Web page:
As mediator, what to do when faced with No? Do you conclude the mediation at its utterance or do you welcome it as an invitation? Or perhaps that we are finally getting to the heart of the matter. For me, when folks say “no” it means that, I as mediator, must really get to work to help keep the process and discussion moving so that participants will stay engaged and be able to move from No to Yes if they so choose. It certainly does not occur as a clear, crisp switch; rather, the mediation process can allow participants to shift their thinking, to reconsider their positions and interests and to make decisions that they did not anticipate prior to the mediation process or even during earlier parts of the session.
I also have a personal mediator “rule” that the word “No” does not mean “No” until someone has said it three times. This doesn’t mean that I pester people or brush off their “No” - rather, it means I continue to explore with participants how they can meet their needs and interests and in so doing, move beyond no. Part of the genesis of this rule is that people who negotiate in mediation sometimes use “no” as a negotiating tool. They don’t really mean it. Also, as noted above, I believe that when people say “no,” it can mean that you are getting close to what they really want. So, in either case, I keep on working as mediator until it is crystal clear to everyone that we need to stop our work for the day.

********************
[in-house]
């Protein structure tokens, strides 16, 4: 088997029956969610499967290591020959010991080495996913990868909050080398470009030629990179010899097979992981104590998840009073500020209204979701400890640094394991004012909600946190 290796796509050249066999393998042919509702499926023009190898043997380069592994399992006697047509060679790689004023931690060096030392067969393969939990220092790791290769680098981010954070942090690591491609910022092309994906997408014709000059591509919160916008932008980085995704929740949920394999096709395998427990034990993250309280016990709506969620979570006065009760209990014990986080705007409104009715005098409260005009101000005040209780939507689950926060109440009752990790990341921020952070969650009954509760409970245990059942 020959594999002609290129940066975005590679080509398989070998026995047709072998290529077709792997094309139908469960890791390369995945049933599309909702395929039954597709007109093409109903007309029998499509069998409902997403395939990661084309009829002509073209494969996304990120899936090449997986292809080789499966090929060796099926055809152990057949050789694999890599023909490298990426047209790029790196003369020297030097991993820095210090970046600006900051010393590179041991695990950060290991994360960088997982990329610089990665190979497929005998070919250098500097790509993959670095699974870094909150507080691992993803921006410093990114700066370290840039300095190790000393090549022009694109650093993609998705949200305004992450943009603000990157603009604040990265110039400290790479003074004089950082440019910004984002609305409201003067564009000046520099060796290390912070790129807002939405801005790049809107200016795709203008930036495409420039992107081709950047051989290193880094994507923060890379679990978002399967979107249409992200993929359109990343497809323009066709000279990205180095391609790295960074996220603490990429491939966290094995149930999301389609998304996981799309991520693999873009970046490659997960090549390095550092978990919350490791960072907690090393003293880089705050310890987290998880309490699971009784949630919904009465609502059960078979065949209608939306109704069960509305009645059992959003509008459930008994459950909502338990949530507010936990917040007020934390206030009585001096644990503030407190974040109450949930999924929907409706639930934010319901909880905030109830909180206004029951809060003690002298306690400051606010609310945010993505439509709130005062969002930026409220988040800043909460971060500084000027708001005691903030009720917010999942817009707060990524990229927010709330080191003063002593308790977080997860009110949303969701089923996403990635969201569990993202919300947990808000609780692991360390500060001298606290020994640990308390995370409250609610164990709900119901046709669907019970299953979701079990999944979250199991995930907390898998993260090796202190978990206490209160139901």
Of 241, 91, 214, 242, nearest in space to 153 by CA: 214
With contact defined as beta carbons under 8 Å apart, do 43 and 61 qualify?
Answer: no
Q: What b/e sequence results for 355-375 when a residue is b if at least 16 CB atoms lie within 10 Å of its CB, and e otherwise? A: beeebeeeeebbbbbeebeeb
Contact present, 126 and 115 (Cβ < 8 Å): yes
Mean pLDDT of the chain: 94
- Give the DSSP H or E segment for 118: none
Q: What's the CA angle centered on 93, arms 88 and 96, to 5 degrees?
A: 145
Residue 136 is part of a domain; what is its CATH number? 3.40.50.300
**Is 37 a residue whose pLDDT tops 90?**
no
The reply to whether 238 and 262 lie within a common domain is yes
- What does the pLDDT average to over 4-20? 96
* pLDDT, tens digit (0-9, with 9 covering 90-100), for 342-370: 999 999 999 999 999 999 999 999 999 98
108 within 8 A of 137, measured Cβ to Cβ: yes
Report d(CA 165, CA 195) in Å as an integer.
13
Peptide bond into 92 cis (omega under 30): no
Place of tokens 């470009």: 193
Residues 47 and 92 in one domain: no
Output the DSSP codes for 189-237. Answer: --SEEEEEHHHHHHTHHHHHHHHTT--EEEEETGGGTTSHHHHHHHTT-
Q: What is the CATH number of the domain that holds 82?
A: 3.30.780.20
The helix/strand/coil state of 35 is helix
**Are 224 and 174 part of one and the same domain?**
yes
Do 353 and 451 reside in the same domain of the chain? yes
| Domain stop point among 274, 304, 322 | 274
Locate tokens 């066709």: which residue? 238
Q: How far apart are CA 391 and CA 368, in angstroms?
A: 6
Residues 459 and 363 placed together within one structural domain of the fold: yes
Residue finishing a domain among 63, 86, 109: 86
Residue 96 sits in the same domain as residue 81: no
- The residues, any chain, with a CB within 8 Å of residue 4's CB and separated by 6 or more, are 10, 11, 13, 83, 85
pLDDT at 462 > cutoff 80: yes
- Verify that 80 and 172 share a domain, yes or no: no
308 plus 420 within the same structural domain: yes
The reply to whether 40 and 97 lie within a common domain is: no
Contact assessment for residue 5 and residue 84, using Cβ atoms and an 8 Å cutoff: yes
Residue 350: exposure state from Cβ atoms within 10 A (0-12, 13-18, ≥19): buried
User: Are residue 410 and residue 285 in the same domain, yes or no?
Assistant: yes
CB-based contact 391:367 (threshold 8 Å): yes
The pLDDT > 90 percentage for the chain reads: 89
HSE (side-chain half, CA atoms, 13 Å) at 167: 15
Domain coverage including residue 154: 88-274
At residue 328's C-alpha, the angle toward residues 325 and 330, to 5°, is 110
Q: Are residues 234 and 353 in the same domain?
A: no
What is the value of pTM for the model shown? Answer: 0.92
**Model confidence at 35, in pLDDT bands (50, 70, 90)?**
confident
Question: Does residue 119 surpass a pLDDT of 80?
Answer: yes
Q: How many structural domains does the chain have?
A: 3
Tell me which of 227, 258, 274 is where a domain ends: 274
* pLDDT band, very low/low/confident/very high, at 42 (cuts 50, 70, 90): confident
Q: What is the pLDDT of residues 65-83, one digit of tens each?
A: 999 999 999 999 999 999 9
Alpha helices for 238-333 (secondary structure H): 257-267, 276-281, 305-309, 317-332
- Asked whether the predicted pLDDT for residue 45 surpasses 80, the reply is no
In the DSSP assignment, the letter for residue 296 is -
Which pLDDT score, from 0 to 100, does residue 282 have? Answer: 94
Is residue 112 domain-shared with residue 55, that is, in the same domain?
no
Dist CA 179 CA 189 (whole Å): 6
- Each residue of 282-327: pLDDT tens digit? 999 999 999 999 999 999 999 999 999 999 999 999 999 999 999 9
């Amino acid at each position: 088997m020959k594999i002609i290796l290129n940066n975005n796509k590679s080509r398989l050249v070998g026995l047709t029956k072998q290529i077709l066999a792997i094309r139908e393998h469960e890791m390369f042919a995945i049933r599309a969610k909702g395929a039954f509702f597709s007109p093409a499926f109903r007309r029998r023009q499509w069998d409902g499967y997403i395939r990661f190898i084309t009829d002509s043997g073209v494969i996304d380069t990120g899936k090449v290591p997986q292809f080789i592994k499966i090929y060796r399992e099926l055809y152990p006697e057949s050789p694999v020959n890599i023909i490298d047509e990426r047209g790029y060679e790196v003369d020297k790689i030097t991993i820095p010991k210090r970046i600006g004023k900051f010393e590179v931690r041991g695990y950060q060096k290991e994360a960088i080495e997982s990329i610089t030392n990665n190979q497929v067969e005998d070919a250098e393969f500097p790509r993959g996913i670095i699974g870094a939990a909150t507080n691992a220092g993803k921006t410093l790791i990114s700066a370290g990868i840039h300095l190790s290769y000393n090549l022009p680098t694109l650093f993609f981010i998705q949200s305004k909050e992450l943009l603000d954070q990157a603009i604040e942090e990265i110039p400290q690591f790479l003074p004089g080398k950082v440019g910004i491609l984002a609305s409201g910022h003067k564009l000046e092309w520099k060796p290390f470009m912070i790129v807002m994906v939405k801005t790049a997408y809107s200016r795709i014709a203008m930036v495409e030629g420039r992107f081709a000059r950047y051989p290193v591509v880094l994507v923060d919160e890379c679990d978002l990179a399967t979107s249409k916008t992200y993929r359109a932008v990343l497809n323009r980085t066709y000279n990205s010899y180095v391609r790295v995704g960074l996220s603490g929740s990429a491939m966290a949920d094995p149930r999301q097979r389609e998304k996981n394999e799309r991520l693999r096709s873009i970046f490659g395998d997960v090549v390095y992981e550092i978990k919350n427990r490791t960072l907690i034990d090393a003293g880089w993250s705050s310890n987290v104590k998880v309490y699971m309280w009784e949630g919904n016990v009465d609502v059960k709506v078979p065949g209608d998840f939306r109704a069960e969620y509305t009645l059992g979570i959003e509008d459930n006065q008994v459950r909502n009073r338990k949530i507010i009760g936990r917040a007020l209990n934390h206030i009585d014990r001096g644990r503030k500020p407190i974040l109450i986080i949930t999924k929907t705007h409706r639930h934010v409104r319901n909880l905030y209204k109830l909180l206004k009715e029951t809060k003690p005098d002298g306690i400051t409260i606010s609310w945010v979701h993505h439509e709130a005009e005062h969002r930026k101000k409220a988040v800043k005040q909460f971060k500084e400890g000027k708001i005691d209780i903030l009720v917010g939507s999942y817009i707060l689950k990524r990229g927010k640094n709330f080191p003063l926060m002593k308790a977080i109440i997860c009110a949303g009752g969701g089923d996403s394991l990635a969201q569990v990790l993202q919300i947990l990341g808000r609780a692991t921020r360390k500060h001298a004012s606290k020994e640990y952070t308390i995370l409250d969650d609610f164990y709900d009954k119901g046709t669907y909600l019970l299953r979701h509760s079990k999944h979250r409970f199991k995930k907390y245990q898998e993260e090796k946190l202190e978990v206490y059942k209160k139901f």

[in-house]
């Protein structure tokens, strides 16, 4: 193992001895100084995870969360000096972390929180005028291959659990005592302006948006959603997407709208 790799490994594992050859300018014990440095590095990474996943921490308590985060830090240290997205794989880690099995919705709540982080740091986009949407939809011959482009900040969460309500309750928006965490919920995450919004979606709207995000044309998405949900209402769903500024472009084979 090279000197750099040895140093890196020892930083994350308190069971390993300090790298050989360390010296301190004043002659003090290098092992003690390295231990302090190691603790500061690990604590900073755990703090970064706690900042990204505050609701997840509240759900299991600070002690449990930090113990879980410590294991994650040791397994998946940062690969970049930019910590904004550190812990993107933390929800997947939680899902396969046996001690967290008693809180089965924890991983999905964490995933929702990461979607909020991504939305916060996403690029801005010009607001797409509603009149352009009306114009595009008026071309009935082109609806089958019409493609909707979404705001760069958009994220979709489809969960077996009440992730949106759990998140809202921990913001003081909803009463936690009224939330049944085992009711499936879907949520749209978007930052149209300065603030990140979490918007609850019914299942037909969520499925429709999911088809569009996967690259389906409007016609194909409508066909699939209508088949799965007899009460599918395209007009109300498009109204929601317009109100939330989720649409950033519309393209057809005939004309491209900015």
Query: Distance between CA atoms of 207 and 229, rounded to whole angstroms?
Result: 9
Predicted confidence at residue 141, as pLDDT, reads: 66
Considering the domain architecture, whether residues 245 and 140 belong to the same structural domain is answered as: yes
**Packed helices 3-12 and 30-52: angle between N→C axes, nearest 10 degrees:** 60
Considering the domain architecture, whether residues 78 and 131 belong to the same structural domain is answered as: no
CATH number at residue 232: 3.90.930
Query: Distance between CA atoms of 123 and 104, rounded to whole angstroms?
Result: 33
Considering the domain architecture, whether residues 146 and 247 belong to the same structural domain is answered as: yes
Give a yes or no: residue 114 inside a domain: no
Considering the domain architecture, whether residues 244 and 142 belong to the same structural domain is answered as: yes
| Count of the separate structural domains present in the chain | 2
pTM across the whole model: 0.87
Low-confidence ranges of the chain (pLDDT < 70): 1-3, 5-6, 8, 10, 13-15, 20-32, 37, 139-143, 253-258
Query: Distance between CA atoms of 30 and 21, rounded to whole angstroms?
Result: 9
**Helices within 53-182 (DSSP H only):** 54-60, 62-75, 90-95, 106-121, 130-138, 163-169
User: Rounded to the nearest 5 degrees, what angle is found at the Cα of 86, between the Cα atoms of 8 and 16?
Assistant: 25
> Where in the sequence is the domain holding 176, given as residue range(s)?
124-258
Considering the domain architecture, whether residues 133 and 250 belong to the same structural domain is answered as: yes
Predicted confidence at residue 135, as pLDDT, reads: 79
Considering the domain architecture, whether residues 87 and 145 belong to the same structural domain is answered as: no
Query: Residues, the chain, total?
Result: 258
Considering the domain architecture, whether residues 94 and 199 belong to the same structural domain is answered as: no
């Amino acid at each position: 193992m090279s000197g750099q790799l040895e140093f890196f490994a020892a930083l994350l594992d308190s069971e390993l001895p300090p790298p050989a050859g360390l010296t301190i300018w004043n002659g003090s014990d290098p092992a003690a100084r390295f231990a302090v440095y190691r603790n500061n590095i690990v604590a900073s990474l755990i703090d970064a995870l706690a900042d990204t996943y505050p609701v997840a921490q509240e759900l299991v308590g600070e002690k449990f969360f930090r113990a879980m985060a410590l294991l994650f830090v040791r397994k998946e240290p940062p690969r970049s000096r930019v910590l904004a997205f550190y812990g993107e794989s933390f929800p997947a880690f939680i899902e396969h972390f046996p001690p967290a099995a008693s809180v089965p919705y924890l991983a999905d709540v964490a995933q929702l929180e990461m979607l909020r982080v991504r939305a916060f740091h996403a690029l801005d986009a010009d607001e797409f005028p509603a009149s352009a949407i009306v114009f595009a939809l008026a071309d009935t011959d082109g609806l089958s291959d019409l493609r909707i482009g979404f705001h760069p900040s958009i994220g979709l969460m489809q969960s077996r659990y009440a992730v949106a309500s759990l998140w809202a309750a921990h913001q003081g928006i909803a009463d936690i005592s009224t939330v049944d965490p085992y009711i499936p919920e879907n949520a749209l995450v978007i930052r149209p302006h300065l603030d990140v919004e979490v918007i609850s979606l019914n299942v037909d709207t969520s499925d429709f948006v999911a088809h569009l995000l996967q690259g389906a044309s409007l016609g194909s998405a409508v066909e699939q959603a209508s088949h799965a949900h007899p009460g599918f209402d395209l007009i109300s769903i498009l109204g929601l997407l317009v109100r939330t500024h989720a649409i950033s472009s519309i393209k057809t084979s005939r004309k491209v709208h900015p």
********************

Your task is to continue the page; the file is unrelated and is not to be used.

Note that I am not imposing my decision about what “No” does or does not mean; rather, I just keep working the mediation process. These are times to listen hard, pay close attention to the feelings in the room and watch everyone like a hawk. All this information can help you as mediator help the folks trying to make choices about their dispute.
So, the next time someone says “no” in mediation, think of the Knights of Ni. And for those who do not recall – remember that the Python Knights went past by first bringing a shrubbery and then with the word “it!”